The boys’ clubs protecting our sporting yobbos
If blokes are honest, most of us would admit to behaving differently when there are no women around. While the extent of the change varies from guy to guy, most of us do things and say things we wouldn’t dream of doing or saying in female company.
Usually it’s low-level yobbo stuff - drunken anecdotes, sexual innuendo, a sneaky wee on the lemon tree – but for a minority of screwed-up blokes it involves a complete personality transformation where they drift into a shocking moral orbit, their macho posturing cheered on by their equally boorish buddies.
In the context of sport, particularly in light of Brendan Fevola’s unravelling and the car crash quality of Wayne Carey’s memoir, it’s clear that for many of our sporting heroes, life has been one extended boy’s night.
Unless he’s an even bigger ratbag than we all imagined, I doubt Fevola would ever have taken his trusty marital aid to a mixed company dinner party. Or whether Carey – to select just one outrage from his bulging shame file - would have decided to brush his own wife’s 30th birthday party if he hadn’t been off his face at an all-male booze-up.
These guys remained in a state of arrested development into adult life because they were surrounded by compliant, unthinking males who reinforced and enabled their shabby conduct.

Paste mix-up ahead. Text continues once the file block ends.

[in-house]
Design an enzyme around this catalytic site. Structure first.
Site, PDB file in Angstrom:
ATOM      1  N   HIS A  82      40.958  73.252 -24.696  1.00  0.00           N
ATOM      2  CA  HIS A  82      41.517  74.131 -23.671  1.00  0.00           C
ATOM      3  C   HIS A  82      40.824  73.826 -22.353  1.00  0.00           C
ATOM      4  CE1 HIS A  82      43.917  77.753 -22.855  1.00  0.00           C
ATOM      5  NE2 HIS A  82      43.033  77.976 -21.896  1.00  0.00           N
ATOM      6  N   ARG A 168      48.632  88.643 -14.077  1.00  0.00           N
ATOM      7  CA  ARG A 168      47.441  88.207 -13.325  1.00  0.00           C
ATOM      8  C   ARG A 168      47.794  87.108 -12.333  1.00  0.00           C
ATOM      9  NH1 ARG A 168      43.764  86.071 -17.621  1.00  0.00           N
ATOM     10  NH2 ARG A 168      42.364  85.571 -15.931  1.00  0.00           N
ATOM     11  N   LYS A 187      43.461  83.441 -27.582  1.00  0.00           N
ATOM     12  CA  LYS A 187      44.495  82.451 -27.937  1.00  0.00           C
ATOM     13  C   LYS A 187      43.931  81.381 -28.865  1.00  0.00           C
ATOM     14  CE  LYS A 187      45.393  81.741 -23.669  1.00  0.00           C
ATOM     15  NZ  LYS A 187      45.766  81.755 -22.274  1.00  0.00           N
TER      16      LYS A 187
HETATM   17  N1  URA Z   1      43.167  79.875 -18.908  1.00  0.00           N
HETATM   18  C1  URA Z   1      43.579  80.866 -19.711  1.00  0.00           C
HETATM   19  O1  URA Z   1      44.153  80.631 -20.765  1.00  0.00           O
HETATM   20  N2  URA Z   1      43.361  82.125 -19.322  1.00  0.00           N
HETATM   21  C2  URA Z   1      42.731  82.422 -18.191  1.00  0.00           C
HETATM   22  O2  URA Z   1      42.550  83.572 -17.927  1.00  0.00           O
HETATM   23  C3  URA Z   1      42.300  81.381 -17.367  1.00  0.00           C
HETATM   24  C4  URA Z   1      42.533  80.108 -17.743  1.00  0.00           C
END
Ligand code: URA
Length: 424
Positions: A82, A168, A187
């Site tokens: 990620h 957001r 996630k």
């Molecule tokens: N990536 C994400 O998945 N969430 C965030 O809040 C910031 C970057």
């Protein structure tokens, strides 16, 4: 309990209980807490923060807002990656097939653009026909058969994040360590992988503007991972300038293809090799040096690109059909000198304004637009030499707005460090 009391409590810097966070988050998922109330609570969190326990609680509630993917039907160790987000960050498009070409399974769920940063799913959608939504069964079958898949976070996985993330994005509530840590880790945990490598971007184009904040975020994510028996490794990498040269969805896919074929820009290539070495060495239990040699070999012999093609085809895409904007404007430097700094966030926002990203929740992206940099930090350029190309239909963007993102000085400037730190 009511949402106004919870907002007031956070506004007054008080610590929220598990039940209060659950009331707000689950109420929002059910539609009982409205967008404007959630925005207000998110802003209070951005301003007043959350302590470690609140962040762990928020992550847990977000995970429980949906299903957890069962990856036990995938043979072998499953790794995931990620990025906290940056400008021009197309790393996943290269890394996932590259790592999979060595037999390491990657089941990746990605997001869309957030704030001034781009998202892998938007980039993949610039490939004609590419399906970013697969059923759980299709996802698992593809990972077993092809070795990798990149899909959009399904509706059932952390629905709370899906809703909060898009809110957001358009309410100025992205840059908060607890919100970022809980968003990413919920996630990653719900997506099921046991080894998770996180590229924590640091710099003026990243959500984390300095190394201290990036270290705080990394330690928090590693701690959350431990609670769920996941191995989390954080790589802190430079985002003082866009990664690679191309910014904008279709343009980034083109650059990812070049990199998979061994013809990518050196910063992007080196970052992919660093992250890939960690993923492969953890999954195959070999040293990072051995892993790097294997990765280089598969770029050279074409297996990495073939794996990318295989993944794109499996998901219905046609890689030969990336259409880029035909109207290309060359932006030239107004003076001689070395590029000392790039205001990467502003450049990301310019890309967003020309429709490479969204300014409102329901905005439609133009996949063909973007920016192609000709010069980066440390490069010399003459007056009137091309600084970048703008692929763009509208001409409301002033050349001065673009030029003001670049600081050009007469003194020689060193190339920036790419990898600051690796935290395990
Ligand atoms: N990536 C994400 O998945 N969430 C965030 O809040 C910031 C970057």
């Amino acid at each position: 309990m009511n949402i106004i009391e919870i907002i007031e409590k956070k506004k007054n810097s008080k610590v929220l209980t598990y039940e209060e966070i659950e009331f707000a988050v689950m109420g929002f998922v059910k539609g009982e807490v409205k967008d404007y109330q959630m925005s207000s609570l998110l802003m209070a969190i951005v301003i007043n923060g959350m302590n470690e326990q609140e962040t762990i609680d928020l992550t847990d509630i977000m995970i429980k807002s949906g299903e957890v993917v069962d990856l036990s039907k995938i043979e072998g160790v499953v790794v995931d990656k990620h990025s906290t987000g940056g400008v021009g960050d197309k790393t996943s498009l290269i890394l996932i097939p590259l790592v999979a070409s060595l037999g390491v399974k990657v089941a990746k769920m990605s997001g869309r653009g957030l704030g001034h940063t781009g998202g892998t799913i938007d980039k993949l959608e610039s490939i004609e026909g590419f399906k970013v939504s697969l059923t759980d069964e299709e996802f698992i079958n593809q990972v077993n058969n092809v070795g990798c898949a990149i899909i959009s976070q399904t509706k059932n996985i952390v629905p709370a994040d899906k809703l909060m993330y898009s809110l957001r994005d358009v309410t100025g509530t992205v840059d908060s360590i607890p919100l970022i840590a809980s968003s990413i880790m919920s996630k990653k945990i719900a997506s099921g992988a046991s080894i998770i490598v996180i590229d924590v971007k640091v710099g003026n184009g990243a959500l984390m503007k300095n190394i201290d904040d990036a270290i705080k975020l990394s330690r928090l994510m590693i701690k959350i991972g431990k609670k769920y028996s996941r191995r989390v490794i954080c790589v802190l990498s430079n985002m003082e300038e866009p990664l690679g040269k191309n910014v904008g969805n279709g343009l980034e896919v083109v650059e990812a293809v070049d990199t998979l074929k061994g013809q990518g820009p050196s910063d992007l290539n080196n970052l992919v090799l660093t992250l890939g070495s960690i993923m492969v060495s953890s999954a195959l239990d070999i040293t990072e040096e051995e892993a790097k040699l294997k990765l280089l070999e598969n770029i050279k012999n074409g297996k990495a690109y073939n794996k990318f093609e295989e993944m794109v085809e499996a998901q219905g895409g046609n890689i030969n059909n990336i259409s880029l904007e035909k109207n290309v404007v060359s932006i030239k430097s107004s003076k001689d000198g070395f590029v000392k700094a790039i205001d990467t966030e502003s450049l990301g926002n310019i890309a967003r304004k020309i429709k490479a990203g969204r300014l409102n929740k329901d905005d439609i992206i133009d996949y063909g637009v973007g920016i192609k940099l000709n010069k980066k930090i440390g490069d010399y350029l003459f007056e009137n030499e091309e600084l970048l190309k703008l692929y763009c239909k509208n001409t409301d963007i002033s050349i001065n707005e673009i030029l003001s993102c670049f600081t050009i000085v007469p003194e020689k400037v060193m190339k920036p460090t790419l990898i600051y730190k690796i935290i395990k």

It’s here where the codes and the clubs have been complicit in maintaining an often low-rent atmosphere.
Earlier this year magazine executive and league tragic Marina Go revealed that she applied for a board position with the Manly Sea Eagles and didn’t even get a call back. This from a club which started 2009 in scandal, with NRL poster boy Brett Stewart charged with sexual assault – and when a special board meeting was called to discuss the scandal, one member turned up plastered from a five-hour lunch. On a Monday.
Neither the NRL nor the AFL has done nearly enough to put women front and centre at the administration of sport. Both codes estimate around 40 per cent of their fan base is female. Yet women hold less than 10 per cent of the office-bearer positions in the club hierarchies – shamefully in the case of some clubs there are no women at all.
At its upper eschelons the AFL has done a reasonable job – of late – in ensuring female representation. Two of its nine commissioners, public policy guru Sam Mostyn and Family Court judge Linda Dessau, are women. The NRL has just one, businesswoman Katie Page, and league CEO David Gallop has said that his code must do more.
But at NRL club level almost every board is about as inclusive and enlightened as The Melbourne Club – in her excellent article at the website www.womenonboards.org.au, WOB executive director Claire Braund writes that of 110 board positions at 14 NRL clubs just three are held by women.
With a couple of exceptions in the AFL – the Bulldogs and Bombers have two women on their boards – most of the clubs seem to think they’ve covered their obligations by sticking one sheila on the board to pretty things up a bit.
Anyone who thinks it doesn’t matter should recall that Brendan Fevola used to play for a club whose former president has also been excommunicated from Carlton after his almost boastful remarks about “buying off” women who had made allegations of sexual assault.
It goes to the creation of an atmosphere and the atmosphere that our clubs are still creating is not the same one which exists in the stands.
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